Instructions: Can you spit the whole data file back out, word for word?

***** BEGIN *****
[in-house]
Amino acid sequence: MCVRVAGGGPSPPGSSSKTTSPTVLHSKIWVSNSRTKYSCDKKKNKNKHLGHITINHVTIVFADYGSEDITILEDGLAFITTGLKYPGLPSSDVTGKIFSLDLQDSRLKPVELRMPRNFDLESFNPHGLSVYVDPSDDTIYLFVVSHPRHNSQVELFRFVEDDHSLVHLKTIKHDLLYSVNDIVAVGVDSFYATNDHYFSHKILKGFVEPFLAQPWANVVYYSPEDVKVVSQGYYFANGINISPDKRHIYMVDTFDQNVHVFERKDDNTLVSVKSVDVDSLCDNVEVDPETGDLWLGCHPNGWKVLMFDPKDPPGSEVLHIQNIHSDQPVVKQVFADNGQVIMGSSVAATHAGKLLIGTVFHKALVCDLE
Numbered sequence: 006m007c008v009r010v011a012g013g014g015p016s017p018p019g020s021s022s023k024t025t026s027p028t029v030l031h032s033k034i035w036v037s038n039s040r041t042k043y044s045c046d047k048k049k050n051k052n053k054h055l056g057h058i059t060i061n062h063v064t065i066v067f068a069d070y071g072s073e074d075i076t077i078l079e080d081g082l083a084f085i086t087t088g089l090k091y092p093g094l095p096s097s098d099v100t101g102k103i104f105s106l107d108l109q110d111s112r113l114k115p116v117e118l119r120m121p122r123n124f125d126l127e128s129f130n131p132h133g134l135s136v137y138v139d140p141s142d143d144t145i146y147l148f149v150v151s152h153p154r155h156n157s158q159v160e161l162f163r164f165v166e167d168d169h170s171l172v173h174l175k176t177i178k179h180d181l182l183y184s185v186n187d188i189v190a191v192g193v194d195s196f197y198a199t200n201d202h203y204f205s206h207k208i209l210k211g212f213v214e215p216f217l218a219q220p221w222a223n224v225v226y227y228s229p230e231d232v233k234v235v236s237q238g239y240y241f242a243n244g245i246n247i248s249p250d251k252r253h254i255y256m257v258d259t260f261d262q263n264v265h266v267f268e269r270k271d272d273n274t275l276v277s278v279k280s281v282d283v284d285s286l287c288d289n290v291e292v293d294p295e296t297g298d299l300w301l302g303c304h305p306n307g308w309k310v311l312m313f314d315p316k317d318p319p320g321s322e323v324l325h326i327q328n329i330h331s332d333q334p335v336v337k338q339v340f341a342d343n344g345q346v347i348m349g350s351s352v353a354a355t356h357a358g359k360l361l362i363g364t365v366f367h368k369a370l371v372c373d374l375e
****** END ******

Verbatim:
[in-house]
Amino acid sequence: MCVRVAGGGPSPPGSSSKTTSPTVLHSKIWVSNSRTKYSCDKKKNKNKHLGHITINHVTIVFADYGSEDITILEDGLAFITTGLKYPGLPSSDVTGKIFSLDLQDSRLKPVELRMPRNFDLESFNPHGLSVYVDPSDDTIYLFVVSHPRHNSQVELFRFVEDDHSLVHLKTIKHDLLYSVNDIVAVGVDSFYATNDHYFSHKILKGFVEPFLAQPWANVVYYSPEDVKVVSQGYYFANGINISPDKRHIYMVDTFDQNVHVFERKDDNTLVSVKSVDVDSLCDNVEVDPETGDLWLGCHPNGWKVLMFDPKDPPGSEVLHIQNIHSDQPVVKQVFADNGQVIMGSSVAATHAGKLLIGTVFHKALVCDLE
Numbered sequence: 006m007c008v009r010v011a012g013g014g015p016s017p018p019g020s021s022s023k024t025t026s027p028t029v030l031h032s033k034i035w036v037s038n039s040r041t042k043y044s045c046d047k048k049k050n051k052n053k054h055l056g057h058i059t060i061n062h063v064t065i066v067f068a069d070y071g072s073e074d075i076t077i078l079e080d081g082l083a084f085i086t087t088g089l090k091y092p093g094l095p096s097s098d099v100t101g102k103i104f105s106l107d108l109q110d111s112r113l114k115p116v117e118l119r120m121p122r123n124f125d126l127e128s129f130n131p132h133g134l135s136v137y138v139d140p141s142d143d144t145i146y147l148f149v150v151s152h153p154r155h156n157s158q159v160e161l162f163r164f165v166e167d168d169h170s171l172v173h174l175k176t177i178k179h180d181l182l183y184s185v186n187d188i189v190a191v192g193v194d195s196f197y198a199t200n201d202h203y204f205s206h207k208i209l210k211g212f213v214e215p216f217l218a219q220p221w222a223n224v225v226y227y228s229p230e231d232v233k234v235v236s237q238g239y240y241f242a243n244g245i246n247i248s249p250d251k252r253h254i255y256m257v258d259t260f261d262q263n264v265h266v267f268e269r270k271d272d273n274t275l276v277s278v279k280s281v282d283v284d285s286l287c288d289n290v291e292v293d294p295e296t297g298d299l300w301l302g303c304h305p306n307g308w309k310v311l312m313f314d315p316k317d318p319p320g321s322e323v324l325h326i327q328n329i330h331s332d333q334p335v336v337k338q339v340f341a342d343n344g345q346v347i348m349g350s351s352v353a354a355t356h357a358g359k360l361l362i363g364t365v366f367h368k369a370l371v372c373d374l375e